Purpose: Graft versus host disease (GVHD) is the major complication of allogeneic bone marrow transplantation (BMT) and limits the therapeutic efficacy of this modality. Although the role of natural T-regulatory cells (nTreg) in attenuating GVHD has been extensively examined, the ability of induced T-regulatory cells (iTreg) to mitigate GVHD is unknown. The purpose of this study was to examine the ability of in vitro and in vivo iTregs to abrogate GVHD.
Experimental Design: We examined the ability of in vitro differentiated and in vivo iTregs to reduce the severity of GVHD in a clinically relevant mouse model of BMT. The effect of blockade of interleukin (IL) 6 signaling on the efficacy of these Treg populations was also studied.
Results: In vitro differentiated iTregs fail to protect mice from lethal GVHD even when administered at high Treg:effector T-cell ratios. Lack of GVHD protection was associated with loss of Foxp3 expression and in vivo reversion of these cells to a proinflammatory phenotype characterized by secretion of IFN-γ. Phenotypic reversion could not be abrogated by blockade of IL-6 signaling or by in vitro exposure of iTregs to all-trans retinoic acid. In contrast, the in vivo induction of iTregs was significantly augmented by IL-6 blockade and this resulted in reduced GVHD.
Conclusion: Instability of Foxp3 expression limits the utility of adoptively transferred iTregs as a source of cellular therapy for the abrogation of GVHD. Blockade of IL-6 signaling augments the ability of in vivo iTregs to prevent GVHD but has no effect on in vitro differentiated iTregs. Clin Cancer Res; 17(12); 3969–83. ©2011 AACR.
Allogeneic bone marrow transplantation (BMT) is the most potent form of immunotherapy directed against hematologic malignancies. However, the success of this therapeutic modality is limited by the development of graft versus host disease (GVHD) which is the major complication of allogeneic BMT. The adoptive transfer of T-regulatory cells (Treg) is an emerging clinical strategy to prevent GVHD, but the relative role of natural (nTreg) versus induced Tregs (iTreg) is not defined. This has implications for the use of these cells as cellular therapy for GVHD prevention. In this study, we show that in vitro expanded iTregs are much less potent than nTregs at preventing GVHD. This is due to the loss of Foxp3 expression and reversion to a proinflammatory phenotype after in vivo transfer. These cells, however, can be induced in vivo after blockade of interleukin (IL) 6 signaling and potently suppress GVHD. These results indicate that the conditions under which iTregs are generated as well as the corresponding proinflammatory cytokine milieu in which they function are critical factors in their ability to mitigate GVHD.
T-regulatory cells (Treg) are a critical component of the adaptive immune system and play a pivotal role in controlling inflammatory responses as well as preventing the development of autoimmunity (1). There are 2 subsets of Tregs, both of which are highly dependent on Foxp3 expression for their suppressive function, and have unique and overlapping characteristics. Natural Tregs (nTreg) differentiate in the thymus (2), are most commonly characterized by the constitutive expression of activation markers such as CD25, CTLA-4, CD134, CD103, and glucocorticoid-induced TNF receptor (GITR) and require high affinity interactions with self peptides (3–6). In contrast, induced Tregs (iTreg) arise from CD4+Foxp3− conventional T cells that upregulate Foxp3 in the periphery upon activation in the context of TGF-β (7, 8). Moreover, iTregs can be generated in vitro by coculture with TGF-β after stimulation through the T-cell receptor and provision of interleukin (IL) 2 (9–11).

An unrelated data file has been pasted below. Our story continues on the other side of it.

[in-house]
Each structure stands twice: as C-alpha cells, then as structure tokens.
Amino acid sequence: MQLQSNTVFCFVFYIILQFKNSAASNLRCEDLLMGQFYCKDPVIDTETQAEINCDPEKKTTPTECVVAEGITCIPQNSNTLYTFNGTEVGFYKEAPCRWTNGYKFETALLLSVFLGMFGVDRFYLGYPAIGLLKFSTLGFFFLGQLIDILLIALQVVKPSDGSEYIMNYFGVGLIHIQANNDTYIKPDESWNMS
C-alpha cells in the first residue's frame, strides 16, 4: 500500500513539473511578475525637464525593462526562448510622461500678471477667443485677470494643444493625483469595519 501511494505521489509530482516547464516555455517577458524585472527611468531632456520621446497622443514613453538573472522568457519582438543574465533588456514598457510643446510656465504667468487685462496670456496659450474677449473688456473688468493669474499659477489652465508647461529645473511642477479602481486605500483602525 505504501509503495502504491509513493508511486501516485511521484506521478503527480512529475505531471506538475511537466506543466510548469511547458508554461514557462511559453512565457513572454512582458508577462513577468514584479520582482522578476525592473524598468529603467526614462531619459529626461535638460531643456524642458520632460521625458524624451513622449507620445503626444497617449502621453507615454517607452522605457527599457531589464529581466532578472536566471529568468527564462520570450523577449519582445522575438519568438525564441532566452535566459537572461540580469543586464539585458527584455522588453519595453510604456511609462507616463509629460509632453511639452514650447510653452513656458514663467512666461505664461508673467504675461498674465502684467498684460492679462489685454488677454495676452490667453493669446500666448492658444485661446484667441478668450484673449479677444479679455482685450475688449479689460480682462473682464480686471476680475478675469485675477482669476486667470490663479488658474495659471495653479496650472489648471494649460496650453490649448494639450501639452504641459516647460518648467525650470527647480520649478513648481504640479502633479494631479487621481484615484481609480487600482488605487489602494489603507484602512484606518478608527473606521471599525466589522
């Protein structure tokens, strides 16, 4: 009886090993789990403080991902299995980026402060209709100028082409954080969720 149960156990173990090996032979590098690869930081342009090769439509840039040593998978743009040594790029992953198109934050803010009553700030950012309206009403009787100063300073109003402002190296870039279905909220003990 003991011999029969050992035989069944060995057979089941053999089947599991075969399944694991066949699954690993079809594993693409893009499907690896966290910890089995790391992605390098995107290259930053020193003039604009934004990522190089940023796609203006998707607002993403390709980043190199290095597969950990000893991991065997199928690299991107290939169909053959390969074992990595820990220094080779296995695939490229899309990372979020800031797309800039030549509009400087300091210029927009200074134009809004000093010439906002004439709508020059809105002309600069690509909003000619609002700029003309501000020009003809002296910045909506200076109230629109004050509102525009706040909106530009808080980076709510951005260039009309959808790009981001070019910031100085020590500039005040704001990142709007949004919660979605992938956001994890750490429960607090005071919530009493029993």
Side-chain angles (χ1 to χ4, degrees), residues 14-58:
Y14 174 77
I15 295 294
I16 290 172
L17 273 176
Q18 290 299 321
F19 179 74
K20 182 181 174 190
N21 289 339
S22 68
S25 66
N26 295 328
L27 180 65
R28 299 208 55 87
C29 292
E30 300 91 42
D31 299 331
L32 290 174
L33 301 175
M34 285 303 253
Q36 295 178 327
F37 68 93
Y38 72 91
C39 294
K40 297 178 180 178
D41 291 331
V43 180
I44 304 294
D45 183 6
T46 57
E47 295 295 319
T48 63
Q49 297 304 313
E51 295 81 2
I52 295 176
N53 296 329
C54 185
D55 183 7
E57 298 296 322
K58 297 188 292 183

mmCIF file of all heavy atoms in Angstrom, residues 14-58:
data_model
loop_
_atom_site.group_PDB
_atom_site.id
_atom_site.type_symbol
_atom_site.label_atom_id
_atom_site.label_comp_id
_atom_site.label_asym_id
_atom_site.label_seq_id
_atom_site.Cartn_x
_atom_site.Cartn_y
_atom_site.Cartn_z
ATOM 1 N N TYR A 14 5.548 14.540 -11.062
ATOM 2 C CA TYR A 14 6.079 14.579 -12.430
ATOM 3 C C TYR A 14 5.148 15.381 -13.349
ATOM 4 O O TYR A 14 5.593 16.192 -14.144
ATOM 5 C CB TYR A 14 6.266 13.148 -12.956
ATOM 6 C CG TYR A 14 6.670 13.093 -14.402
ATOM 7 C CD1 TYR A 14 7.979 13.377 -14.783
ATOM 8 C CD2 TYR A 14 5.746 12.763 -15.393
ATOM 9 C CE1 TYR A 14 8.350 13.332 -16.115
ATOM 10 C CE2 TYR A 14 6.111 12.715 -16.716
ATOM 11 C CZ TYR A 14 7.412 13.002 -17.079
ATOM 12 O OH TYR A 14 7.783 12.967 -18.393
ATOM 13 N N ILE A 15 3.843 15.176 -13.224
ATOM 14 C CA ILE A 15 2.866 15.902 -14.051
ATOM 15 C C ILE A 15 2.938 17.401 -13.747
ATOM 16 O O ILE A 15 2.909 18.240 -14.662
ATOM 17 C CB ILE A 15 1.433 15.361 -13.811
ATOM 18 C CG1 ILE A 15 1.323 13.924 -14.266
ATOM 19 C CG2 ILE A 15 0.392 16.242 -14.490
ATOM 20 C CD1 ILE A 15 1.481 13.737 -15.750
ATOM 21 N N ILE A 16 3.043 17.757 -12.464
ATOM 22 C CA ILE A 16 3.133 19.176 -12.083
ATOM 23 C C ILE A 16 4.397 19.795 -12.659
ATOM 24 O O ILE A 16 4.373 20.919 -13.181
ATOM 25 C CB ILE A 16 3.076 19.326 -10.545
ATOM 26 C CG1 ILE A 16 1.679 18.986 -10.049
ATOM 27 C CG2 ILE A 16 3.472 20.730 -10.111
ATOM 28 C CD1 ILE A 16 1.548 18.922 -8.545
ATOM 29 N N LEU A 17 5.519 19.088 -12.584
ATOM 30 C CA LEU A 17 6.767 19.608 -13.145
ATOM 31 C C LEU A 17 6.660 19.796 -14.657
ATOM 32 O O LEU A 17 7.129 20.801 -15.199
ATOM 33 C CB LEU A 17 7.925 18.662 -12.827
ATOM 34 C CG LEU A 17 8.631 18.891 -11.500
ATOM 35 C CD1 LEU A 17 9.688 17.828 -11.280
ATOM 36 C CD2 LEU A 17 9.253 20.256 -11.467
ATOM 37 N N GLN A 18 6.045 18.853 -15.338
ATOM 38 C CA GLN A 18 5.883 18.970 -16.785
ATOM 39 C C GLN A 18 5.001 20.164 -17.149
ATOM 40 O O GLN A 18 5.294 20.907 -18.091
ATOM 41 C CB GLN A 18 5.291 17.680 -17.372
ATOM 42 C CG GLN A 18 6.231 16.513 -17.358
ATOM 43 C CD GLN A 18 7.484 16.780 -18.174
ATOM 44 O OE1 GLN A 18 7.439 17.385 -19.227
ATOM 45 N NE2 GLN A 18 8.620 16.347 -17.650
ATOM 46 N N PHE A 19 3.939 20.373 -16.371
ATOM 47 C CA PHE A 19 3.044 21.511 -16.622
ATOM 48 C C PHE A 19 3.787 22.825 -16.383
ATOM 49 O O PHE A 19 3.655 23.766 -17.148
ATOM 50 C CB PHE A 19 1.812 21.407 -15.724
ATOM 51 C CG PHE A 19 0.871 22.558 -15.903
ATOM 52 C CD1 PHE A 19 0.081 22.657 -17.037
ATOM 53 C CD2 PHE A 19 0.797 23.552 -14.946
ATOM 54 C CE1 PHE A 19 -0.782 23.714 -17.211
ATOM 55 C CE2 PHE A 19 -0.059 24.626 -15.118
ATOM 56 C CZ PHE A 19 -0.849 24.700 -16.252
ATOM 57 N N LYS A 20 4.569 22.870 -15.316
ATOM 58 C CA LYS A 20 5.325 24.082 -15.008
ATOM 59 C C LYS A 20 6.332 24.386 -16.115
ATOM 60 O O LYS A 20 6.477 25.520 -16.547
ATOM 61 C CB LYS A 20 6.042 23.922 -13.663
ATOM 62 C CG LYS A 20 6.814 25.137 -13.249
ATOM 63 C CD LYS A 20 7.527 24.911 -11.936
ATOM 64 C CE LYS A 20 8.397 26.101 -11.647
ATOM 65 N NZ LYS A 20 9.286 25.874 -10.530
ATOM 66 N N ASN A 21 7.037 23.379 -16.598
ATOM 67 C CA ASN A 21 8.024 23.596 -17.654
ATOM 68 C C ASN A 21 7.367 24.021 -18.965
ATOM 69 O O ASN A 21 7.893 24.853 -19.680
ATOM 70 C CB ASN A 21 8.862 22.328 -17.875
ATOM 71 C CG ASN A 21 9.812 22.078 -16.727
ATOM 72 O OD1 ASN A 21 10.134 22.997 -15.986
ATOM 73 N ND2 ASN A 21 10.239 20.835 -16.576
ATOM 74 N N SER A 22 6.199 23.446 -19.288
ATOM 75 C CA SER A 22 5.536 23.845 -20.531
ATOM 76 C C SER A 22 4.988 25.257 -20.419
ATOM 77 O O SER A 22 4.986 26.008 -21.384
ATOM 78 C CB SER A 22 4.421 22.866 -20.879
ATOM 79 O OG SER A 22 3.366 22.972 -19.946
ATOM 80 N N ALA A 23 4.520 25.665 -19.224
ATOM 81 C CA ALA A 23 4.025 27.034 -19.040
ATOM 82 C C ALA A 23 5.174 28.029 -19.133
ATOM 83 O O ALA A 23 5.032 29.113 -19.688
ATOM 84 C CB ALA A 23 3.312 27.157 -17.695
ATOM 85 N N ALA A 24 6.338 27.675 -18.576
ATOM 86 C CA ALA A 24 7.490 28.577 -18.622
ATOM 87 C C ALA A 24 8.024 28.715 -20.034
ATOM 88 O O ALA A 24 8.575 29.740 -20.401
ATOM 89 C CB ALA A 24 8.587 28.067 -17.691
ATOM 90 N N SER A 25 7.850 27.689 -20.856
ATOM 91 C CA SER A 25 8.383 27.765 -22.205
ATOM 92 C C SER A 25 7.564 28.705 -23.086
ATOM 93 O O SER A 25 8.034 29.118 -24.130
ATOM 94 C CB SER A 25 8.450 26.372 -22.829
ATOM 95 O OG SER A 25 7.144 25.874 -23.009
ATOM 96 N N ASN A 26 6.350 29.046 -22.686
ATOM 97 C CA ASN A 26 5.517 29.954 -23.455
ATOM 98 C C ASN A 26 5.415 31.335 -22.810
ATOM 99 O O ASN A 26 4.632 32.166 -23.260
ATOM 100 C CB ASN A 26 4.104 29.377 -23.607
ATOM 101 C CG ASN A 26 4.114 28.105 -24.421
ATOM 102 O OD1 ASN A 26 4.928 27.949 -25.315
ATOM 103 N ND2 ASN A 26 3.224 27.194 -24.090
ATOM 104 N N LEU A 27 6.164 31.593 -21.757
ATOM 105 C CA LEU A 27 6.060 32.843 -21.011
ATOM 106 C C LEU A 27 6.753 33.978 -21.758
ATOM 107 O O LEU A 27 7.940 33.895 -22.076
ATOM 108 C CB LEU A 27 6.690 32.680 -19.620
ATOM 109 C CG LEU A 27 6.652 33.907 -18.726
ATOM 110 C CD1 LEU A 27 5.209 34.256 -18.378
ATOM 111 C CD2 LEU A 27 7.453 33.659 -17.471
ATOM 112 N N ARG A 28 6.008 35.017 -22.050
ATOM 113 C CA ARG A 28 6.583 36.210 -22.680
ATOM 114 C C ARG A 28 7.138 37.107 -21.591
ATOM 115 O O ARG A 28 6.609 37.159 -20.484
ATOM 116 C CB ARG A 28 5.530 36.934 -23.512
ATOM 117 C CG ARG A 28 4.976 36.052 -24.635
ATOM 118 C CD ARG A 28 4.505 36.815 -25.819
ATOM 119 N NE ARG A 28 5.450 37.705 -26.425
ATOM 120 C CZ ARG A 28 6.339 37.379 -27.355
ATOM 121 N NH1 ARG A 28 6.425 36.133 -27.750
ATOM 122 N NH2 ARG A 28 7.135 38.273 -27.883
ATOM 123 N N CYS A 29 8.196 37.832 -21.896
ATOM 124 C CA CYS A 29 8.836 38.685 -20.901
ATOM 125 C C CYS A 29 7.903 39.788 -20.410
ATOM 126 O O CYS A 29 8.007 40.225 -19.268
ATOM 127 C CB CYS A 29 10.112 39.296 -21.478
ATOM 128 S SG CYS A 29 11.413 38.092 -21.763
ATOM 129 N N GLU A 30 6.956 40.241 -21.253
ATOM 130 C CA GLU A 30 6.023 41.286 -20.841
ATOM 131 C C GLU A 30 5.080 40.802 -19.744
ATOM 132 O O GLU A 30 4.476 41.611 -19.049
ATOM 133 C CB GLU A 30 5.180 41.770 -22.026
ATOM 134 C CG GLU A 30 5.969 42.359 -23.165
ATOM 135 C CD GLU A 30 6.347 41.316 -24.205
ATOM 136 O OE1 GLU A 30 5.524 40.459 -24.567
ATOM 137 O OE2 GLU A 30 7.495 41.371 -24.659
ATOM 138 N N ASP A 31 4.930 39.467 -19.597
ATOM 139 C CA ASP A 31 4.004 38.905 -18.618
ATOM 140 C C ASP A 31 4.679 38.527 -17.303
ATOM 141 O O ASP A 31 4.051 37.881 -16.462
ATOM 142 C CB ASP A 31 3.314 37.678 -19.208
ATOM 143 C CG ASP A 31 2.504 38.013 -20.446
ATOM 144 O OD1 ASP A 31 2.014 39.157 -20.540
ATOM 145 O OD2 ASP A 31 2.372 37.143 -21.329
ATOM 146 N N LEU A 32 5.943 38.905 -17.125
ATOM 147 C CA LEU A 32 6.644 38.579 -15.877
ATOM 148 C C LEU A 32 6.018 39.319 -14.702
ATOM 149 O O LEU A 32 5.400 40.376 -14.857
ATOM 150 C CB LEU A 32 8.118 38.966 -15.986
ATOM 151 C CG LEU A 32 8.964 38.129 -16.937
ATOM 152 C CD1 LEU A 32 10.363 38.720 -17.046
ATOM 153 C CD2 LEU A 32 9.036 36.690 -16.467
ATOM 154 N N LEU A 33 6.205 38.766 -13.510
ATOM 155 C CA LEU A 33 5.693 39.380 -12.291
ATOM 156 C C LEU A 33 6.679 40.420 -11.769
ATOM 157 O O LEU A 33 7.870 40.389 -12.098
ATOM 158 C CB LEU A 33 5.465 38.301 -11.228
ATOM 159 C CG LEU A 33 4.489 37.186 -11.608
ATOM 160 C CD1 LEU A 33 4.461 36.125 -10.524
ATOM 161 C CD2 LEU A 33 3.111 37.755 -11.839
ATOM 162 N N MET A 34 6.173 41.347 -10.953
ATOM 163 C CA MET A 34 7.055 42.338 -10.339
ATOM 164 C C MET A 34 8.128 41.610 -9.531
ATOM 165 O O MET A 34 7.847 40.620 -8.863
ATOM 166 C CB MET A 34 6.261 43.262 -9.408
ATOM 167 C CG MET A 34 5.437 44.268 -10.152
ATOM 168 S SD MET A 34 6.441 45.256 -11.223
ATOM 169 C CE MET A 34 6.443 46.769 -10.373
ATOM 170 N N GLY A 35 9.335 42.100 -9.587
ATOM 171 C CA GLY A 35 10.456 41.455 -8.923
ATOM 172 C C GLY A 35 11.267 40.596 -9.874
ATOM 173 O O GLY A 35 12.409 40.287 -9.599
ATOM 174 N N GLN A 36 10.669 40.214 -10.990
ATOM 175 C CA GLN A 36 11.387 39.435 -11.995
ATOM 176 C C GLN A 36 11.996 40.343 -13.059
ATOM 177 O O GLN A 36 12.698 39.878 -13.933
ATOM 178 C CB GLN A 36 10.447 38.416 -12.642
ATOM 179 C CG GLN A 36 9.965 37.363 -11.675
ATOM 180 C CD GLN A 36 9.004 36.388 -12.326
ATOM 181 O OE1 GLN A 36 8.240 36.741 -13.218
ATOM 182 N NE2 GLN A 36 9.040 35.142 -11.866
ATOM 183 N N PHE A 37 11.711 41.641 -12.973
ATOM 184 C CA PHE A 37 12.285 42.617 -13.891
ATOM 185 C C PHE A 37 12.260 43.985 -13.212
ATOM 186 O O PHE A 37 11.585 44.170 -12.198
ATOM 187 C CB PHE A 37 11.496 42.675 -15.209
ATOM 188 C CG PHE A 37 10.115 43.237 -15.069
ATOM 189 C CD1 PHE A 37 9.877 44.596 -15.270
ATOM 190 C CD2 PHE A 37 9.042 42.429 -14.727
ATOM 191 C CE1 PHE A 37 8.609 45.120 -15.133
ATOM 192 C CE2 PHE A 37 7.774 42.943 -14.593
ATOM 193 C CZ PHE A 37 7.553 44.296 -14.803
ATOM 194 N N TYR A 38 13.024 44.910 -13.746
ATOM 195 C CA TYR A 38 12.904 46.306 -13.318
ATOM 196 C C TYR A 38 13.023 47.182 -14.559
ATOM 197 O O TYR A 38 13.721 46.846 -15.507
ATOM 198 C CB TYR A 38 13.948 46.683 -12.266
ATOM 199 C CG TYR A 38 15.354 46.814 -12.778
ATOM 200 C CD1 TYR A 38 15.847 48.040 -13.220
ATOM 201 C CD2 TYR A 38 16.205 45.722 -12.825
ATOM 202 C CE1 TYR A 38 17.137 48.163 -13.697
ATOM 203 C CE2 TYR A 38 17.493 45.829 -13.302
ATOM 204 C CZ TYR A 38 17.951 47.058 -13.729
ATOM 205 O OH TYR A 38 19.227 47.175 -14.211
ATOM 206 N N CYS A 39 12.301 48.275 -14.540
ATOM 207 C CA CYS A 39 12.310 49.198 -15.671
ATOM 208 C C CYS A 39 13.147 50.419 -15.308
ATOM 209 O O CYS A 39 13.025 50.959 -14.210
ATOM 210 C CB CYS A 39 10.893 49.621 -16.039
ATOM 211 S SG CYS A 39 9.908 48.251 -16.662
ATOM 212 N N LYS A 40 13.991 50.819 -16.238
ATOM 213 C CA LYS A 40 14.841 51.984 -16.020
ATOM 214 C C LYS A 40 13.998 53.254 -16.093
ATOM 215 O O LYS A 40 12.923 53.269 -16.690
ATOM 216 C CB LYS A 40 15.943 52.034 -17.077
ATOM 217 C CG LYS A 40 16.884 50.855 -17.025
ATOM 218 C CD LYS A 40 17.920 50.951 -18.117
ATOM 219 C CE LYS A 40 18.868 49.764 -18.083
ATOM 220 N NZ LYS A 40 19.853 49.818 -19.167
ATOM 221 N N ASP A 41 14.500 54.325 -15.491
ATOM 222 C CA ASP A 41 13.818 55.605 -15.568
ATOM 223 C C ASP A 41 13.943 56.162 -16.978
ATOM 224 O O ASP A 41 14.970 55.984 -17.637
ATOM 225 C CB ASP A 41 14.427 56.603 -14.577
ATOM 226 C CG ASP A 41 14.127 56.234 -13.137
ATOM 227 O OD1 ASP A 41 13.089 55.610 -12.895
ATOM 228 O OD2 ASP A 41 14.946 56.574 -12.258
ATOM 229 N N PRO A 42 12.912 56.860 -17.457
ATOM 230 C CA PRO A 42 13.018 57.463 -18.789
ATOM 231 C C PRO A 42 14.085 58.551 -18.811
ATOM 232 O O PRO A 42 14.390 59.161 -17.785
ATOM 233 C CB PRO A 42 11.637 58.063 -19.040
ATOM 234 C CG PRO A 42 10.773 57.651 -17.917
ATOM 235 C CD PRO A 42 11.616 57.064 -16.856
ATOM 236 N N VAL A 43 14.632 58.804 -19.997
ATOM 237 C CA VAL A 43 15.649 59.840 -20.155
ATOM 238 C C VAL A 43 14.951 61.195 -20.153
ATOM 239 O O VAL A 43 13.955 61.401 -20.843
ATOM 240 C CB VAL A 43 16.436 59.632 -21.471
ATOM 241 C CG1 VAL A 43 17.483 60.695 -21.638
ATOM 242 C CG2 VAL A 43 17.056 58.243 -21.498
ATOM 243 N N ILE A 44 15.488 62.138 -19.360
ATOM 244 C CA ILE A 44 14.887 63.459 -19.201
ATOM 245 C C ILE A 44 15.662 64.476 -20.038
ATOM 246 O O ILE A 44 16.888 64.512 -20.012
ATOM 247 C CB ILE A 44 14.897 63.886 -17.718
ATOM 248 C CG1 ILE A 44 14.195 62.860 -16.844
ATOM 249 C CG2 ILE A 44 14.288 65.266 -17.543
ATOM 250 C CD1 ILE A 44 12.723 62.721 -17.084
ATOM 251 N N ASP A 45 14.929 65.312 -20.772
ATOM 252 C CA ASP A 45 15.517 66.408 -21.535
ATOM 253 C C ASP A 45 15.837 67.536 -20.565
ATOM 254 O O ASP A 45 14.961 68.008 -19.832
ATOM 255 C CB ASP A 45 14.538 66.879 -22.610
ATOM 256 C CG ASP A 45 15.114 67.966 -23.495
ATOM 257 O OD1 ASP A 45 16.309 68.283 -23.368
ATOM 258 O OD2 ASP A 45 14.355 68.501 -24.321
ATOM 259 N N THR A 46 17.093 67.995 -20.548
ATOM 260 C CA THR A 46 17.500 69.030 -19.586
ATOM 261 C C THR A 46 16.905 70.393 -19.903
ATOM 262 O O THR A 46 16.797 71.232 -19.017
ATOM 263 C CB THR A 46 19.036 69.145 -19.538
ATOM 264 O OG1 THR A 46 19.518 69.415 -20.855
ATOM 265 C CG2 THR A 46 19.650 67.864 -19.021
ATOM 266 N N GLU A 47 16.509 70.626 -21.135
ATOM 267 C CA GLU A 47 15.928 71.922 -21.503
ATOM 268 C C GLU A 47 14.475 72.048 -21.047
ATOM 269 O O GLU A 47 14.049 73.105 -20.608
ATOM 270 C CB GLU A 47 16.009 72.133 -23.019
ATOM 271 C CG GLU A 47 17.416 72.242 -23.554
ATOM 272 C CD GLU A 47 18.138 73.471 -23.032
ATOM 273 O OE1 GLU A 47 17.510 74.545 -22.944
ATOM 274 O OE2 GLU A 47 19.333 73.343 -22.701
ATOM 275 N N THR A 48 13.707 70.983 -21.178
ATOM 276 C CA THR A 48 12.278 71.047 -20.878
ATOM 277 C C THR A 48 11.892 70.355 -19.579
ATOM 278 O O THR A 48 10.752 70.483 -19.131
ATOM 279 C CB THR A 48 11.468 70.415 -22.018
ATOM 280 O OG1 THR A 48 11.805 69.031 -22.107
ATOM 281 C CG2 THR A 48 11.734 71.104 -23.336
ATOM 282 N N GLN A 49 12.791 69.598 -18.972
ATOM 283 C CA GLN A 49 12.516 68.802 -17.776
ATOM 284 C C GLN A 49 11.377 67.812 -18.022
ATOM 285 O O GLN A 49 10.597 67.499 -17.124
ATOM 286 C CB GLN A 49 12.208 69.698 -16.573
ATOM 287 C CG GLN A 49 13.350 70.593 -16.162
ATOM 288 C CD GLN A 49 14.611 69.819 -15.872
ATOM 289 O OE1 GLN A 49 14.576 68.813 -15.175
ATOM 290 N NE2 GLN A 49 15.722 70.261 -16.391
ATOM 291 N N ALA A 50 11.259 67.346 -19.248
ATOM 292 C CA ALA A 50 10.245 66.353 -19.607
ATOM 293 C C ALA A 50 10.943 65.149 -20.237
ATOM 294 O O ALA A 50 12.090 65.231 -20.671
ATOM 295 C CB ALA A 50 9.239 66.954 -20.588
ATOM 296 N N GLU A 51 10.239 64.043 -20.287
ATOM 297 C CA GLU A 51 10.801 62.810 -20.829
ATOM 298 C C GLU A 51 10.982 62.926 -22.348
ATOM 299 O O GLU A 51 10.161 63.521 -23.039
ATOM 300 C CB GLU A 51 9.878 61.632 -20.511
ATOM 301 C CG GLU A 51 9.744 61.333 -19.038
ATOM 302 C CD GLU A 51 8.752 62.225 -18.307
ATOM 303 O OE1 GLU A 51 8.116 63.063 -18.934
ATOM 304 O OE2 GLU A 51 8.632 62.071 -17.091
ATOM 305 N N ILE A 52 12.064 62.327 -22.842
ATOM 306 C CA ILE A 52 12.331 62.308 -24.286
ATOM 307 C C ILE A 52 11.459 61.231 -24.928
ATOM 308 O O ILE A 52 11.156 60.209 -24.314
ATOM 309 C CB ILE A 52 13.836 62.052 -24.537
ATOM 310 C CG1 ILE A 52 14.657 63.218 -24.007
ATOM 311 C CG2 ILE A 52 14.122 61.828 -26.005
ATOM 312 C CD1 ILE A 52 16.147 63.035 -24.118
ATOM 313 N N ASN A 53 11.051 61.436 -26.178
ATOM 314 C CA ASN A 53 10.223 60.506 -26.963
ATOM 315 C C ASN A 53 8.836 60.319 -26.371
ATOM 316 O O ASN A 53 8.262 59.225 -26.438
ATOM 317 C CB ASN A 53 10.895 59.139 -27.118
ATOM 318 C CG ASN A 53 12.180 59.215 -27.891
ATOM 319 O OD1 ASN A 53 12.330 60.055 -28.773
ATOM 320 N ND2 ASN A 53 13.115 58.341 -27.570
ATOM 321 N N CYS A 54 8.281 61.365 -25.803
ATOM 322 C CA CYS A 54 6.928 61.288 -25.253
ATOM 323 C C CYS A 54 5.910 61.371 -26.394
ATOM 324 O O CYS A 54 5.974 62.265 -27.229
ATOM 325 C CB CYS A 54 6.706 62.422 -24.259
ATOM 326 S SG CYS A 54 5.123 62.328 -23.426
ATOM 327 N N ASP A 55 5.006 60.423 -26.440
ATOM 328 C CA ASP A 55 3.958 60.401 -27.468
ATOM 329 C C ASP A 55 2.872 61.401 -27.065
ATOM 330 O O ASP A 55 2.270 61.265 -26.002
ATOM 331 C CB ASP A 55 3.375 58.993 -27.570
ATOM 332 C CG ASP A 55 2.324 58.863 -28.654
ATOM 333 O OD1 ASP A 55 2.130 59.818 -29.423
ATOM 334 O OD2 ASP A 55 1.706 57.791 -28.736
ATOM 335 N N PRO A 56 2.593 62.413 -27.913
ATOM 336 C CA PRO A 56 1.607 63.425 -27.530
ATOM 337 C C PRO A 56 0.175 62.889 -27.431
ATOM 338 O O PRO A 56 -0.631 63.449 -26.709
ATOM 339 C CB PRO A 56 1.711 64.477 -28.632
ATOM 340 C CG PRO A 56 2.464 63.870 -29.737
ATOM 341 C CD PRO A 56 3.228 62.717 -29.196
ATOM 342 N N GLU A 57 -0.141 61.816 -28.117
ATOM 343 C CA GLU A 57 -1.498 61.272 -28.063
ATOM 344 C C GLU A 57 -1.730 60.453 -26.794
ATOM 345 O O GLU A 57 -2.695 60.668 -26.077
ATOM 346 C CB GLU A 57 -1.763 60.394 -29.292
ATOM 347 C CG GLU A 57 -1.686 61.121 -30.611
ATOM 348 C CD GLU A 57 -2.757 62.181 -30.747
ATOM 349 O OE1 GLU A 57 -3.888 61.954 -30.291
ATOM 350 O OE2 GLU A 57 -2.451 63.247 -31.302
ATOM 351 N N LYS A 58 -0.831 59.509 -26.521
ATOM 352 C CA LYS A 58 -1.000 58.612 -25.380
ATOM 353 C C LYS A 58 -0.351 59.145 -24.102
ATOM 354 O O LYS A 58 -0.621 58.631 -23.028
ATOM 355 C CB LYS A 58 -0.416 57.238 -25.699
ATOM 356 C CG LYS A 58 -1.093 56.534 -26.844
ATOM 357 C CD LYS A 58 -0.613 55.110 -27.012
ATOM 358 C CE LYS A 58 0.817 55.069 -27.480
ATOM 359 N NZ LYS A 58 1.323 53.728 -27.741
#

Graft versus host disease (GVHD) is the major complication of allogeneic bone marrow transplantation (BMT). GVHD is characterized by the expansion and differentiation of donor alloreactive T cells, the release of proinflammatory cytokines, and the recruitment of other effector cell populations, leading to the damage of host target organs (12–14). A number of studies have shown that the reconstitution of Tregs, which plays a pivotal role in regulating donor T-cell–mediated alloresponses, is severely impaired in both acute and chronic GVHD (15–18). This premise is further supported by studies which have shown that the adoptive transfer of nTregs is able to significantly attenuate GVHD severity, indicating that exogenous supplementation of these cells is an effective strategy for the re-establishment of transplantation tolerance (19–23). The clinical application of this approach, however, is constrained by the low frequency of these cells in the peripheral blood that makes these cells difficult to isolate (24). iTregs, on the other hand, can be generated in large numbers in vitro and are able to suppress alloreactive T-cell responses (25), raising the possibility that these cells might also be efficacious in vivo. However, the role of these cells in GVHD biology has yet to be fully examined, and many questions remain about their stability and ability to protect against disease.
iTregs can also be generated in vivo in response to inflammatory events (26, 27), although the specific contribution of these cells relative to nTregs is not known. Moreover, the extent to which the in vivo conversion of these cells from naive T-cell precursors is affected by the proinflammatory environment that accompanies most pathologic conditions has also not been defined. We have recently shown that IL-6 is one of the proinflammatory cytokines that is induced during GVHD and inhibits the generation of Tregs (28), but the effect of inflammatory cytokines in the local microenvironment on the conversion of iTregs from conventional T cells remains uncertain. The goal of the current study therefore was to define the role of iTregs during GVHD. Specifically, we sought to determine the efficacy of iTregs in the prevention of GVHD, whether there was differential protection afforded by in vitro versus in vivo iTregs, and to what extent, protection or lack thereof was attributable to the stability of Foxp3 expression and the underlying proinflammatory cytokine milieu.